The music industry has also benefited from its association with O2. In transforming the failed Millenium Dome into the world's best live music venue, IPA agencies Zenith Optimedia, VCCP, pd3, and Archibald Ingall Stretton not only helped take the brand beyond advertising to enhance the customer experience even further: through priority tickets, fast track entry, special offers, access to exclusive zones; they also established a flagship live venue for UK and international music talent to recover lost revenue from falling record sales.

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Wednesday, 3 November 2010

In search of talent

When it comes to graduate recruitment, my particular bugbears are the City and Management Consultancy. They have the money and the clout to hold big 'loud' events at all the best universities, so they have the biggest visibility by far.

So it's not surpising that we in the creative industries feel we may be losing out on some of the best talent, simply because we aren't on the radar, and aren't being heard. It's particularly frustrating, of course, for the ad industry, within the creative economy, who know a thing or two about communications and, in particular, how share of voice drives share of market!

So it was particularly welcome for the IPA to be approached by fledgeling OxAdSoc to get involved in a student-led initiative to put advertising and its related disciplines; social media, digital, marketing back on the map.

At our maiden event at the Careers Centre in Oxford last night, I argued the case for the creative industries as a more fulfilling alternative to the City or Management Consultancy. "Relative to the City and Management Consultancy they are a force for economic growth and a force for social good. At their core, what unites them is what Will Hutton of the Work Foundation calls 'expressive value'. Ultimately they're about asset creation and organic growth; through tangible products and services or physical pieces of entertainment; or aesthetic pleasure or intangible expressions of brand value and experiences. The creative economy feeds our minds and our senses as well as our pockets."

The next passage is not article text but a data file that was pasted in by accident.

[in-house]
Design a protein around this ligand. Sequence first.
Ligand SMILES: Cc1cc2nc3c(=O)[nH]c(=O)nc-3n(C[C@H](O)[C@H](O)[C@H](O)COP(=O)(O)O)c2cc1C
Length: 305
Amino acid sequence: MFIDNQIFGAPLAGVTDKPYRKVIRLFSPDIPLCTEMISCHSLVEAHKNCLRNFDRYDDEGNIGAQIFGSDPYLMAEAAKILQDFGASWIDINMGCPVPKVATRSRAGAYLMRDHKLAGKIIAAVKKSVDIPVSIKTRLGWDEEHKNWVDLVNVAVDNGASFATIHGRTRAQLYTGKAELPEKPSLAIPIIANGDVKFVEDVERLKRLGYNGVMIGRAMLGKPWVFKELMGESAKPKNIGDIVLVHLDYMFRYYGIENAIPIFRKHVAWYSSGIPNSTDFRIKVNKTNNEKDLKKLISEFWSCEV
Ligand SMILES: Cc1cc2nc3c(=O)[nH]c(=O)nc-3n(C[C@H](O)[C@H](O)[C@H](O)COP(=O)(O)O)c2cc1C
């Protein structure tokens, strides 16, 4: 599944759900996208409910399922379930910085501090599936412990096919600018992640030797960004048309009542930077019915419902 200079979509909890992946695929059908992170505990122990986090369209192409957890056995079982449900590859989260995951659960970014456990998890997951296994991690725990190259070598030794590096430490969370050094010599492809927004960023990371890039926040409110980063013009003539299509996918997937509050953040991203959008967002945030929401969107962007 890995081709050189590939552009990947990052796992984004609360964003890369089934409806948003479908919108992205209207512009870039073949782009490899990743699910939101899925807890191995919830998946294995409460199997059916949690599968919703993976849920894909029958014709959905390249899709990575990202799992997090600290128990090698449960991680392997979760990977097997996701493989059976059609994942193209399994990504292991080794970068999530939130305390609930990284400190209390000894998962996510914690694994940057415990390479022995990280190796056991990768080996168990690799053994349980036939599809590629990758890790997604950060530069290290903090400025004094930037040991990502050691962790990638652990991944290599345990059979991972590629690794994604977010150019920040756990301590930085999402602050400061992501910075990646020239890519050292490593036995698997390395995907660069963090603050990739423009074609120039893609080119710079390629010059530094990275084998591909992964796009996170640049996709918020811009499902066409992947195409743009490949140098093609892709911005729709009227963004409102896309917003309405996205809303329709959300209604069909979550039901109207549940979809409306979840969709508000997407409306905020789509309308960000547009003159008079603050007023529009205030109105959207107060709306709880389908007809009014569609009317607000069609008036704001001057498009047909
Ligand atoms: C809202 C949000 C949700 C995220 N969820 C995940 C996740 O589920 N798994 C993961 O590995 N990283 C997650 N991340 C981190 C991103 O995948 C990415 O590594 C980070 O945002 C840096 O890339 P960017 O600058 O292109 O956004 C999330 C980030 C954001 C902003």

We painted an upbeat picture of the UK creative economy: "Although it's taken the UK a long time to recognise its economic significance, as a country we're particularly strong in it." We explained that the creative economy is currently 6.2% of UK GDP, is growing faster than the economy as a whole, and contributing to the overall growth of the economy. One third of new jobs in London are in the creative economy.

Of course, there are many different creative sectors. We showed a UKTI 8 minute compilation of '50 years of Creative Britain' to represent them. But, I argued, "Advertising is one of the largest, one of the most dynamic, and it is pivotal to the ecosystem. There are only three sources of funding for the creative economy; the government (your taxes), you (your subscription, cover price, entrance fee) and advertising. So advertising is a force for social good. And it's also a force for economic good."

The opportunities in advertising for quality graduates of all disciplines is huge. There's a creative and technological explosion; democratisation of content brings the need for new business models; there are significant industry challenges for the next generation to solve. "We tend to be discipline neutral in our graduate intake, but at the same time there are definite growth opportunities for specialists with backgrounds in PPE, the social sciences, statistics and network science. Overall, we are looking for diagonal thinkers, who combine creativity with commerciality, and entrepreneurial spirit."

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IPA Effectiveness awards go global

It's been a few years now since the IPA's premier award scheme has allowed entries from outside of the UK.

But it's the first year that a live camera crew from China's news agency has been on site at the awards night to film proceedings and relay it back to China. They were not disappointed. There were three winners for Asia: Ogilvy & Mather Asia Pacific for Comfort, JWT London for HSBC Global (best international campaign) and Ogilvy & Mather Hong Kong for MTR.

It's all part of the IPA's grand plan to develop a UK/China nexus for advertising; in order to facilitate better transactions between the two countries for IPA member agencies and Chinese brand owners seeking to go global.

Next October the IPA is taking a delegation of member agencies and friends to China's International Advertising Festival where '30 years of IPA Effectiveness' will be a showcase exhibition. 88,000 people attended this year's event. By next year, it could be 100,000

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Monday, 1 November 2010

WPP revenues up in third quarter

Great to read in Netimperative this morning that WPP is reporting increased revenues for the third quarter of 2010.

It's also interesting to see that WPP's traditional advertising revenues have 'increased sharply' and that the company is cautiously optimistic about economic recovery. This is very much in line with the IPA's Q3 2010 Bellwether Report